After that, the only other thing of note was the first time I was paid to write a script on my own (Burt and I were a team, but we separated later). That was an A-TEAM script called FAMILY REUNION.

What kind of books do you like to read? Do those books have an affect on your own writing today?

I enjoy reading a wide variety of books. Unfortunately because of my schedule, and the fact that I am also a writer, it becomes hard to read long fiction books. So a lot of my reading is non-fiction. I'm a fact and knowledge junkie. Science, history, trivia, etc. I can pick those books up, read a bit, and put them down to come back to them later. They are quick bits, not long involved stories.

When I am reading novels, they tend to be full biographies, historic drama, sci-fi, horror, fantasy, comedy, psychology/sociology books and so on. For example, right now I'm reading William Goldman's THE PRINCESS BRIDE and Jeff Shaara's World War II novel THE FINAL STORM. I love anything by William Goldman and Jeff Shaara. I also have two Zombie short story anthologies, one Apocalypse anthology and five history magazines sitting on my bedstand and in my iPad.

Do they have an effect on what I write today? Everything in my life affects how I write. Always has, always will.

Of all your work what is your personal favorite?

Ah, the second thing you will learn about me. I don't have "favorites". I'm not wired that way. The eclectic nature of my mind and my fancy doesn't allow for favorites. It's like asking which is your favorite child. If you love them all, it's hard to answer unless you get really really specific. The first script for RIPTIDE will always be a favorite because it was the first. The first script I wrote for Xena (DREAMWORKER) will always be a favorite because it set up major arcs for Gabrielle's character. The first screenplay I ever sold, HARRY O'FELL (not produced) is a favorite because it was my first screenplay and was optioned for a pilot. So, you see "favorite" isn't a word that applies to me.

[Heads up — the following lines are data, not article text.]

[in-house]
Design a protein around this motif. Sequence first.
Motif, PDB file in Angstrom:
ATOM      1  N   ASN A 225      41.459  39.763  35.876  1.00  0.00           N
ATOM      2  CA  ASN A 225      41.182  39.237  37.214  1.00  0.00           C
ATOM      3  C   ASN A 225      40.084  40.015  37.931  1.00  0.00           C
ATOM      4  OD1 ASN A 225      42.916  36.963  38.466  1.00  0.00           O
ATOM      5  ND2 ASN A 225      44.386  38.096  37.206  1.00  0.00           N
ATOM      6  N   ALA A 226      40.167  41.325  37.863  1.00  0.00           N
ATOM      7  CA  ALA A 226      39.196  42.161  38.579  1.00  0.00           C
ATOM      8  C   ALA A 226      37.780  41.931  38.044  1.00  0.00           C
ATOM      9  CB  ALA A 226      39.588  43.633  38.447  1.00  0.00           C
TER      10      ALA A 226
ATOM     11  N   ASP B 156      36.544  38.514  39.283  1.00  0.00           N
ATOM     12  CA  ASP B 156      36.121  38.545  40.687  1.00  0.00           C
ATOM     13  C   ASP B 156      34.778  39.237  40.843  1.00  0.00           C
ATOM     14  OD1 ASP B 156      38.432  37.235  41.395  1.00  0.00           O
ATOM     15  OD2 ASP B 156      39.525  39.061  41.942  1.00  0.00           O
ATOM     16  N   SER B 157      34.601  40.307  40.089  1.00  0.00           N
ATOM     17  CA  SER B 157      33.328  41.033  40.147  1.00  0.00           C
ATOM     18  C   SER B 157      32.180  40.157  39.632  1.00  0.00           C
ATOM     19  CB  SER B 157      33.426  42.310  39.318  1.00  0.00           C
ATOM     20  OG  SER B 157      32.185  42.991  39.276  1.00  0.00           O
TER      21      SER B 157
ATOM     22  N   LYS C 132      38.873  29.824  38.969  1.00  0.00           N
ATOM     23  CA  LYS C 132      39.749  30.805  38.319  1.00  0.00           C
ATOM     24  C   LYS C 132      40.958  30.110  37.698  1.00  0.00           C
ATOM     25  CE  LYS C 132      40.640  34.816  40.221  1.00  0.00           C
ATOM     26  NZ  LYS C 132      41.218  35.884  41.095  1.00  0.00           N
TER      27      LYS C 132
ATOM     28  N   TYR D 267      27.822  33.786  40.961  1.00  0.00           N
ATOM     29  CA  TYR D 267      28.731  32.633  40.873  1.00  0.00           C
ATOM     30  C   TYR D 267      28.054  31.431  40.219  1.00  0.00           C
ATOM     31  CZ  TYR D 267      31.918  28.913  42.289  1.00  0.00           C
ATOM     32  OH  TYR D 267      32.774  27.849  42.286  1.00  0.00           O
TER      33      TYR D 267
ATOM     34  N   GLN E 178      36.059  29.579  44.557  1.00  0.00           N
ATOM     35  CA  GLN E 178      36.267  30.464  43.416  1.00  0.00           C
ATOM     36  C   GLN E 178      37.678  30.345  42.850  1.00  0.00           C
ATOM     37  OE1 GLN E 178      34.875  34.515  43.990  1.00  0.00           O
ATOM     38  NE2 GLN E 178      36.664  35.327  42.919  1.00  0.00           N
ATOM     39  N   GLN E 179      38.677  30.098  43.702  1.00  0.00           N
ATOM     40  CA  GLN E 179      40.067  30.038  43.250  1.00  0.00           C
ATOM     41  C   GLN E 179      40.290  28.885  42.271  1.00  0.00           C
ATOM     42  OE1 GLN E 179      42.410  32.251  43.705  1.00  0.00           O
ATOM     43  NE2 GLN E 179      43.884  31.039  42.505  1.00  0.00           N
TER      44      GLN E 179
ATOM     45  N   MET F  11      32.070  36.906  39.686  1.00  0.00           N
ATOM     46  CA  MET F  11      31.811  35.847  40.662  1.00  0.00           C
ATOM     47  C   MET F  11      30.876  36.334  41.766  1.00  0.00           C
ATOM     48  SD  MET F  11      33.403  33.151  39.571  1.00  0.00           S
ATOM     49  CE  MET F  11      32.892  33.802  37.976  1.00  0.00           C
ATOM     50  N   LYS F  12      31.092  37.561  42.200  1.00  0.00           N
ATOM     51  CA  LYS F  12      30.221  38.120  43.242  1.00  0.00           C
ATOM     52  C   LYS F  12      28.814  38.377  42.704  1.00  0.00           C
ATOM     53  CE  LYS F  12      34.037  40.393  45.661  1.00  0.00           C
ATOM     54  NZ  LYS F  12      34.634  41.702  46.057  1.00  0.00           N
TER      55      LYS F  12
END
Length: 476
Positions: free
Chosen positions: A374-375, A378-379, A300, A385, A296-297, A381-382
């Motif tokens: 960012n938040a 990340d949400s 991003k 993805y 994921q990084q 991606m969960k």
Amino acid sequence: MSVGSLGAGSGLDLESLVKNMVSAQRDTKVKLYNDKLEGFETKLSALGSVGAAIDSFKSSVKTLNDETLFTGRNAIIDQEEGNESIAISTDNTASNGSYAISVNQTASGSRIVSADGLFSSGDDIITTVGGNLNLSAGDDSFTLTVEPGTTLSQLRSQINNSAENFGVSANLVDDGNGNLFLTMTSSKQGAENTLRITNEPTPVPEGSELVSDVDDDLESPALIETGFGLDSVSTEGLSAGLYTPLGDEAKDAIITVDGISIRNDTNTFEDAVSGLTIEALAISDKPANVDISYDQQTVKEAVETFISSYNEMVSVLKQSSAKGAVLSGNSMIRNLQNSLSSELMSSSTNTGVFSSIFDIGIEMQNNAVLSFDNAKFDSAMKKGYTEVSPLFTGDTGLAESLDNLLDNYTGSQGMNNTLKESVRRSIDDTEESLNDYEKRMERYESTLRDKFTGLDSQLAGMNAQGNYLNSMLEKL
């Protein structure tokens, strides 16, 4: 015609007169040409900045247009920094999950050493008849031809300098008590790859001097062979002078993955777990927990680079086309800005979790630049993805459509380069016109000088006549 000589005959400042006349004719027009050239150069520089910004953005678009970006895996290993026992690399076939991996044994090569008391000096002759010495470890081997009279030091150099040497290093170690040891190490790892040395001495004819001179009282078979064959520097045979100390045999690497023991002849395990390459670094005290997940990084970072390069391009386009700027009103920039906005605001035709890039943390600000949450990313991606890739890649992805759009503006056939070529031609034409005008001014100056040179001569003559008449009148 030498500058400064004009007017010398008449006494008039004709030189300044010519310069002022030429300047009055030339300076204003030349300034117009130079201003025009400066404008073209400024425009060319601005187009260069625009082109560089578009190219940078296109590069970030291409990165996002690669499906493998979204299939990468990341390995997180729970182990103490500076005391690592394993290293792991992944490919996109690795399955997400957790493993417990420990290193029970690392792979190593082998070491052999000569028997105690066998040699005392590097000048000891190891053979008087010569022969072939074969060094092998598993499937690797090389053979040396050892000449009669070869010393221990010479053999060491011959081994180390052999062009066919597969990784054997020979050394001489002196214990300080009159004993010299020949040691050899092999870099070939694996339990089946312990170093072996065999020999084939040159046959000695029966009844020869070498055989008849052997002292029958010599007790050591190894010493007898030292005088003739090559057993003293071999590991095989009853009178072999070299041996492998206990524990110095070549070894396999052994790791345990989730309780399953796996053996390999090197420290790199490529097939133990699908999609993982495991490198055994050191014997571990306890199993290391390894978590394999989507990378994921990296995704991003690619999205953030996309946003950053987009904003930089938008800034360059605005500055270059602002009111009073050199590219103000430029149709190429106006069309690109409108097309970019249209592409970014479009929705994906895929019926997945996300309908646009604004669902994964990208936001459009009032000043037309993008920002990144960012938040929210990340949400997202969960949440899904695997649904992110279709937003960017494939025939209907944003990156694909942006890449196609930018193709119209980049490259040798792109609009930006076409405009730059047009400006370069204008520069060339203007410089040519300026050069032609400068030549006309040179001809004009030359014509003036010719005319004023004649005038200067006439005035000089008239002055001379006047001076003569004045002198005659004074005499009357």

Do you have a favorite character that you created?

heh heh, you can imagine what this answer will be. Yes. And no. They are all characters I invested a part of myself in so they are all special for different reasons.

What is your favorite character from another writer?

Woo hoo! I'm really not trying to avoid your questions, believe me, this happens a lot. Many of the questions I get are of the "favorite" kind and it frustrates people because I can't answer the question. I've loved all sorts of characters and remember a lot of them. Honestly, if I didn't like the character, odds are I didn't read much of the work and forgot about it. Here're some names that register: The Hardy Boys, Brains Benton, Jupiter Jones, and most of the heroes of the books in my childhood. But there have been many more characters that I have enjoyed whose names elude me at the moment.

Do you prefer one genre to another?

My preferences change with time. I've always enjoyed science fiction because, when well written, they create questions in the reader's mind. The golden age of sci-fi was fantastic with that, usually putting a spin in the last page that made you think. I've enjoyed zombie stories for the longest time because zombies are just zombies, but the real stories deal with the psychological effect the living dead have on the living. Historical dramas, when well written, are always attractive me. David McCullough writes some exceptional books on history. His book on John Adams was wonderful! Jeff Shaara writes books based around real historical characters in real events, dramatizing only the details. He (and his father before him) write wonderfully immersive stories.